Wen Tianxiang’s Death Poem Inscribed on his Belt

Tomioka Tessai 富岡鉄斎 Japanese

Not on view

Tomioka Tessai, the great Literati painter and calligrapher of modern Japan, exuberantly brushed three columns of large Chinese characters in archaic clerical script, with thick and straight brushstrokes. But he played with the proportions of each graph and with their spacing to create a novel effect. Clerical script, a formal script used in ancient China for important documents and stone-carved monuments, adds to the solemnity and grandeur of the text. The large size of some of the characters also adds to their impact, commanding the viewer's attention. Overall, the inscription exudes a sense of majesty and dignity.

Tessai is transcribing a poem originally composed by Wen Tianxiang (1236–1283), a famous Chinese scholar and official during the late Song and early Yuan dynasties. He is known for his loyalty to the Song dynasty and his resistance against the invading Mongols. He was captured and tortured by the Mongols but refused to surrender and died in prison. The poem was said to have been written on his belt in prison, expressing his devotion to Confucian philosophy as a Song loyalist. It can be transcribed and translated as follows:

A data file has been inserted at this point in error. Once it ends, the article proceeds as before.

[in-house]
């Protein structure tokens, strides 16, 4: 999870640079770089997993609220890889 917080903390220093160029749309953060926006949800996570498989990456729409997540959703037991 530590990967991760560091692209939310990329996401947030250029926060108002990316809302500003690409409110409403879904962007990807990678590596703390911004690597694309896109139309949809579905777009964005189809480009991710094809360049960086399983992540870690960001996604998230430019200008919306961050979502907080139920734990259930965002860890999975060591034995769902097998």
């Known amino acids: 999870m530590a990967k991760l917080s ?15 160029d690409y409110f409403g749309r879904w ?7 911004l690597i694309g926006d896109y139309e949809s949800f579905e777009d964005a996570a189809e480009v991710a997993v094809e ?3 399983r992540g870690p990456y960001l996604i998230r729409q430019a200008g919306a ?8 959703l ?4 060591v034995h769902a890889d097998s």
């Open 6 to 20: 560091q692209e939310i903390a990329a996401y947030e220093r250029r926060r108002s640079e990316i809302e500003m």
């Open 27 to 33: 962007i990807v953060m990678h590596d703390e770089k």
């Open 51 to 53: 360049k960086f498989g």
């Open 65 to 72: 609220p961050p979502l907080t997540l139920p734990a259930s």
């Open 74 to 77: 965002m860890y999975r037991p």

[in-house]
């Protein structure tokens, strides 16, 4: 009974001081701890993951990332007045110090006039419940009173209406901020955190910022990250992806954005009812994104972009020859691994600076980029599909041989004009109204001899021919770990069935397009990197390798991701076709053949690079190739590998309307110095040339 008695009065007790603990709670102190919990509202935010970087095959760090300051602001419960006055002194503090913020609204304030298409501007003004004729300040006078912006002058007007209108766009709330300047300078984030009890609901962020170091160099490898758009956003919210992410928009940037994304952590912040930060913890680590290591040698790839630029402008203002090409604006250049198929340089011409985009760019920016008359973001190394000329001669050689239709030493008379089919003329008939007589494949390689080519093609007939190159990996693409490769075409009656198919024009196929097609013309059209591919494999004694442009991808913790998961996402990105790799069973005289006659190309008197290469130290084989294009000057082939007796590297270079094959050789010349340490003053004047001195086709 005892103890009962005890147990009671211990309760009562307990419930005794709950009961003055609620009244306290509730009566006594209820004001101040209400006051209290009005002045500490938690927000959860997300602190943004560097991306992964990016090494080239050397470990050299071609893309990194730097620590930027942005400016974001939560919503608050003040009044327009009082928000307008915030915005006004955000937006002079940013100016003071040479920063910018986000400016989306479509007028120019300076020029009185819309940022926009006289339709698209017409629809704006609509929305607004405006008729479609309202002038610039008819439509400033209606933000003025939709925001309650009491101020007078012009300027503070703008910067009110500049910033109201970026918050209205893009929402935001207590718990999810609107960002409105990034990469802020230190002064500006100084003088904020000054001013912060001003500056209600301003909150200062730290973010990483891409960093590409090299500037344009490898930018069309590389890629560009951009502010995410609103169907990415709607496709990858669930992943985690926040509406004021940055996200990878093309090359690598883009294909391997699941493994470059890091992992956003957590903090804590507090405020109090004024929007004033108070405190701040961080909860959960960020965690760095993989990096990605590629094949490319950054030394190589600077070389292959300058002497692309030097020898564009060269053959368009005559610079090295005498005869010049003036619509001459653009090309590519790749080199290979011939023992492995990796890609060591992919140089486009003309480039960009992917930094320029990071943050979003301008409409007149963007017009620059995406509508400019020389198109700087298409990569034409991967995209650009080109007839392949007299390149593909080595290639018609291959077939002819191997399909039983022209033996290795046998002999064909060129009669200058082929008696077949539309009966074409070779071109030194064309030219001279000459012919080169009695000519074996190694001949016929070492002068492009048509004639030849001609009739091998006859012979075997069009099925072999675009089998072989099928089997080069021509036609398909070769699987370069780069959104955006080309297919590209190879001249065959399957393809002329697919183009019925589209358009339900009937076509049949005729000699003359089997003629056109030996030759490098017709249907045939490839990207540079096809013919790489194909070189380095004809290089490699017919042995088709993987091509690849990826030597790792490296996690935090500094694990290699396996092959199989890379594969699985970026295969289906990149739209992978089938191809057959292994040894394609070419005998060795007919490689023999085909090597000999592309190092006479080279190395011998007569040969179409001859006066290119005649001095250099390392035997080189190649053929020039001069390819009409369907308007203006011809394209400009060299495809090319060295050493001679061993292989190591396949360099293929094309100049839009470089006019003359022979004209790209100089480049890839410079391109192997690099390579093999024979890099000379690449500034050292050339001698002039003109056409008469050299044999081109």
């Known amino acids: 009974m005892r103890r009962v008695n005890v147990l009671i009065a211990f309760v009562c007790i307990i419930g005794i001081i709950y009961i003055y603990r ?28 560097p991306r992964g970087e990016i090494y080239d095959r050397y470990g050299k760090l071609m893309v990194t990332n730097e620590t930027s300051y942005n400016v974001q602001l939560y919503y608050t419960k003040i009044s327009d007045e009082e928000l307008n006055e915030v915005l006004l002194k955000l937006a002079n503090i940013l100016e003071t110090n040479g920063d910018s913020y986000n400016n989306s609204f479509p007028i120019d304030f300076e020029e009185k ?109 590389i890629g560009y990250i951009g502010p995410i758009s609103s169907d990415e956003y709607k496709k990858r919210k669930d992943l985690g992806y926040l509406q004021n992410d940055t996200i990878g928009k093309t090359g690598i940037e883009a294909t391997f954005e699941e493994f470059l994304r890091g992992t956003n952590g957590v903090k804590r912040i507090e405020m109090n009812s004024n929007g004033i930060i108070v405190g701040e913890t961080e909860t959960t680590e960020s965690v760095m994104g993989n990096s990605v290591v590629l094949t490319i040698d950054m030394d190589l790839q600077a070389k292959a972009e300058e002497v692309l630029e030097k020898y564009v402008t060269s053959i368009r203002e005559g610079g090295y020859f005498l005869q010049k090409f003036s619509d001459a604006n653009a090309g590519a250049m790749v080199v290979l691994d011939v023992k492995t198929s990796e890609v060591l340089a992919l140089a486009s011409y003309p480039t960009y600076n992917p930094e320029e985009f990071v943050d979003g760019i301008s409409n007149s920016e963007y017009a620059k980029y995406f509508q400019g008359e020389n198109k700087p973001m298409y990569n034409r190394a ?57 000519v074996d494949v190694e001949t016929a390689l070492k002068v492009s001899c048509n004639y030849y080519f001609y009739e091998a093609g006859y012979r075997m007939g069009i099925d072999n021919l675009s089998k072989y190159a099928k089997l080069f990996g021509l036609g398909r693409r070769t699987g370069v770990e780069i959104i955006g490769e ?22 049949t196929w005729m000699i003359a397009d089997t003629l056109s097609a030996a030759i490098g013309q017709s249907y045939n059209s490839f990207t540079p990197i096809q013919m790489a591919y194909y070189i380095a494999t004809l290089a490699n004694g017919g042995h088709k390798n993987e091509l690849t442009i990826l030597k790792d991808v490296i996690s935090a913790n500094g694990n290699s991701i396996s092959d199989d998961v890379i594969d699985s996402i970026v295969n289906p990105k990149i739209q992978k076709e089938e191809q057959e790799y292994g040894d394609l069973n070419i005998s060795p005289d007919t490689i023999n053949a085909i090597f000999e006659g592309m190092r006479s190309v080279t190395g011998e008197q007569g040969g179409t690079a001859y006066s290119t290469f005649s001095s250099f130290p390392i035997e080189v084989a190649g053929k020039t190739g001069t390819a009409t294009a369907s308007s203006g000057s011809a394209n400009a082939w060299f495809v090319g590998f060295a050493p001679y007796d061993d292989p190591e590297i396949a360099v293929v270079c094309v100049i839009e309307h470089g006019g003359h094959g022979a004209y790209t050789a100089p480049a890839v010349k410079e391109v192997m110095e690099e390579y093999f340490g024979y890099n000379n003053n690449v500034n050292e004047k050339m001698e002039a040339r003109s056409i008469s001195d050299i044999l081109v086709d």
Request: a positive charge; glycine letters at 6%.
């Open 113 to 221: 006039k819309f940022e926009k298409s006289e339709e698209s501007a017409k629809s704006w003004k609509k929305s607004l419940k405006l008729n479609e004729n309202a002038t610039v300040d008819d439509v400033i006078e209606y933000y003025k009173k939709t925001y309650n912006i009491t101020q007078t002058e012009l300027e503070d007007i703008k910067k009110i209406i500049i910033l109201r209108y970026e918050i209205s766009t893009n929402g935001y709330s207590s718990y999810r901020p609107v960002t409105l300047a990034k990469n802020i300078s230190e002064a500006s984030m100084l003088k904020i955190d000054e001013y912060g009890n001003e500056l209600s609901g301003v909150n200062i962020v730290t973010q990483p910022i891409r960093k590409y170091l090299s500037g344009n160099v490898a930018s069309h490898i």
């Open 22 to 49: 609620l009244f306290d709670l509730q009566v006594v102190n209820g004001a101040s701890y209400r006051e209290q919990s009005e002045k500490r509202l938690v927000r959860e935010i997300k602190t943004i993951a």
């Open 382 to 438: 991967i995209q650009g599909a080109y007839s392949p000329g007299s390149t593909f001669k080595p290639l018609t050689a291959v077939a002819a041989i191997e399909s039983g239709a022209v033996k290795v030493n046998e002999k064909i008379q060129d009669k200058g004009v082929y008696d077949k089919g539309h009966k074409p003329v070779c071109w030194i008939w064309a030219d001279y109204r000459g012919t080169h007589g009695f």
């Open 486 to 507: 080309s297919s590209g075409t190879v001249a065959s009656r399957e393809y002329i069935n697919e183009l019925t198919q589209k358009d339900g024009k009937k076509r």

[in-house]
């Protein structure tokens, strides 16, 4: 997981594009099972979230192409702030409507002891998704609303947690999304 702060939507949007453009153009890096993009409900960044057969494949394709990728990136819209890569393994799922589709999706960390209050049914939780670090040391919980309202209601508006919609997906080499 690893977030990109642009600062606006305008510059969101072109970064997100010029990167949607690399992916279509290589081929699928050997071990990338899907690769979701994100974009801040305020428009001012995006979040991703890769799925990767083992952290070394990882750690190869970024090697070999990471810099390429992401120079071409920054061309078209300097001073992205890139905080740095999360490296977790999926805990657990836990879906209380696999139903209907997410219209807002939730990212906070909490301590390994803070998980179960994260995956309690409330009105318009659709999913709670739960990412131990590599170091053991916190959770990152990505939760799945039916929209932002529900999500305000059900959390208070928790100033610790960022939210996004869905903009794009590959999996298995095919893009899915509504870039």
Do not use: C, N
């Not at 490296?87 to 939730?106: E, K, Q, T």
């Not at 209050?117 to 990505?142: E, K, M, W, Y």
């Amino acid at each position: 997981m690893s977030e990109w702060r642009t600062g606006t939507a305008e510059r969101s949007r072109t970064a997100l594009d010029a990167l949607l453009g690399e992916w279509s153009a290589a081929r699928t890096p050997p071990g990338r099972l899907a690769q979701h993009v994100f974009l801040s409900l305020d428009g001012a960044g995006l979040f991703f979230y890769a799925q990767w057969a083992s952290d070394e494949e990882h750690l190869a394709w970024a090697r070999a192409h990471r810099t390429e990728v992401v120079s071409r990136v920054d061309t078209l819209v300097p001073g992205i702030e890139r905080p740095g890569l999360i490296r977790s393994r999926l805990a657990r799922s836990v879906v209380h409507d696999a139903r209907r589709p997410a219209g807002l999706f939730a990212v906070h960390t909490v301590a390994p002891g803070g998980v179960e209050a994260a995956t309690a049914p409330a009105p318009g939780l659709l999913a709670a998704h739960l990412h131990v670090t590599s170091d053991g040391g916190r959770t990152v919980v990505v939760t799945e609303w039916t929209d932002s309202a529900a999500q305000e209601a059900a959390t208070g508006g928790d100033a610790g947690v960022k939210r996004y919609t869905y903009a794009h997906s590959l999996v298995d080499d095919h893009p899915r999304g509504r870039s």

Confucius said become benevolent,
Mencius said practice righteousness.
Only by doing things righteously
can one acquire benevolence.
So what have I gleaned
from these sages' writings?
From now on I truly hope
that I will have no regrets.

(Translated by Tim Zhang)

Wen Tianxiang’s Death Poem Inscribed on his Belt, Tomioka Tessai 富岡鉄斎 (Japanese, 1836–1924), Hanging scroll; ink on paper, Japan

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